Understanding Multi-Core Processing is a 4-day course that leads the student through many of the topics associated with software development in a parallel processing environment. The course starts with a brief overview of common hardware architectures, data and thread parallelism, caching and processor affinity and how these concepts are found in operating systems like Linux. After the overview, the course reviews the instruction-level parallelism (MMX, SSE, NEON, etc. instruction sets) and how to use these instruction sets to increase performance. The course discusses thread parallelism as is manifested in a 1:1 scheduler where each thread is independently schedulable on any processor core and the pluses and minuses of such an architecture. Both logical and temporal correctness will be discussed including techniques for avoiding race conditions and deadlocks in multi-core systems. Linux will be the focus of this class although the concepts are equally applicable to other operating systems such as Cisco’s IOS, Windows and OS/X.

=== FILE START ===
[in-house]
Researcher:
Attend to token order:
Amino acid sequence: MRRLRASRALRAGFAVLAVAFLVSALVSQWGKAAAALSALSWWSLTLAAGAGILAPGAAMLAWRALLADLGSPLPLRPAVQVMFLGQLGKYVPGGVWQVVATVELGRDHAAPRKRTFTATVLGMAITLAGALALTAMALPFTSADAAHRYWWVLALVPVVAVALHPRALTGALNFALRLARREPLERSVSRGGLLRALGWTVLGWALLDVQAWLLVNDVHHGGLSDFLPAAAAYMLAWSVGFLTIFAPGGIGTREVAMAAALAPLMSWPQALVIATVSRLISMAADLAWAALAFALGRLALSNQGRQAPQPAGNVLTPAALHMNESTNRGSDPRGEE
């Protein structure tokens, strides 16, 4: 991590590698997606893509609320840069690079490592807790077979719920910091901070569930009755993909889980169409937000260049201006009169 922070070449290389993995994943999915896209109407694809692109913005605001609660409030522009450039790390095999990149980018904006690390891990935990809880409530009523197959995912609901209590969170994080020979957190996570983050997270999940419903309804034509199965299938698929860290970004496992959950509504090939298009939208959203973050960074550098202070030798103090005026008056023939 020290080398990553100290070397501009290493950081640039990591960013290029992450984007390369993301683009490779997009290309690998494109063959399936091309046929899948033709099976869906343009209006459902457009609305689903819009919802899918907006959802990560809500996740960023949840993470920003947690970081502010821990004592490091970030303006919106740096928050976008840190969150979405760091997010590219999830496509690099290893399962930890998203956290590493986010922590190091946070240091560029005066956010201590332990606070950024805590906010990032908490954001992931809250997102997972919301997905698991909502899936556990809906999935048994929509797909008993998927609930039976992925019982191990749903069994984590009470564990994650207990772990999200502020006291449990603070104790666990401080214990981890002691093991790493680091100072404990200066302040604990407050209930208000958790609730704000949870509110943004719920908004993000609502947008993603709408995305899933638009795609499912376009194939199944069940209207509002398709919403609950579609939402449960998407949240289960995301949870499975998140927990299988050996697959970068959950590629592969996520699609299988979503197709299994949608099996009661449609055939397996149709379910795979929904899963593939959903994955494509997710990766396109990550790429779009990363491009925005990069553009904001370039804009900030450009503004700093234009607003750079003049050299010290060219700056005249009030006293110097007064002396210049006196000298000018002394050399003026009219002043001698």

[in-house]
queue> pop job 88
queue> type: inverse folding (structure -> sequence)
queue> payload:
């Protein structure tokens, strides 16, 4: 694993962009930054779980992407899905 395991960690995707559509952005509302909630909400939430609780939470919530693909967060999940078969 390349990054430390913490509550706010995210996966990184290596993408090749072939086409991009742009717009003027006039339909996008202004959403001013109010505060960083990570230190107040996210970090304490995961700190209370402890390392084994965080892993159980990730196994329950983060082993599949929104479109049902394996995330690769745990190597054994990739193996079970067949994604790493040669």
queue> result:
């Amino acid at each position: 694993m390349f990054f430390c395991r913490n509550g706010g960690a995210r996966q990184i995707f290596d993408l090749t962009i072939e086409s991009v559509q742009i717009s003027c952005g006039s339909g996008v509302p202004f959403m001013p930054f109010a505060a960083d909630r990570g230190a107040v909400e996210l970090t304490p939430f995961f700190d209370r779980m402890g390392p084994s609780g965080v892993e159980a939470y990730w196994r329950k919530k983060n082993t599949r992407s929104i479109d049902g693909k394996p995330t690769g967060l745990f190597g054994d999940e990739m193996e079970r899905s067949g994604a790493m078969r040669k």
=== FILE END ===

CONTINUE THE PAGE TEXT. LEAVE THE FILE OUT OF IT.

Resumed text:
For those who are new to multi-core or the seasoned professional, the dizzying array of options in multi-core processors and what these cores mean to software development can be daunting. This course is focused on helping the attendee understand the common CPU architectures and how to write software to best take advantage of increasingly complex multi-core platforms.
The course materials include a workbook that contains all of the slides presented during the lectures as well as hands-on lab exercises. The on-site course is taught using Linux-based, multi-core laptops to demonstrate the concepts presented during the class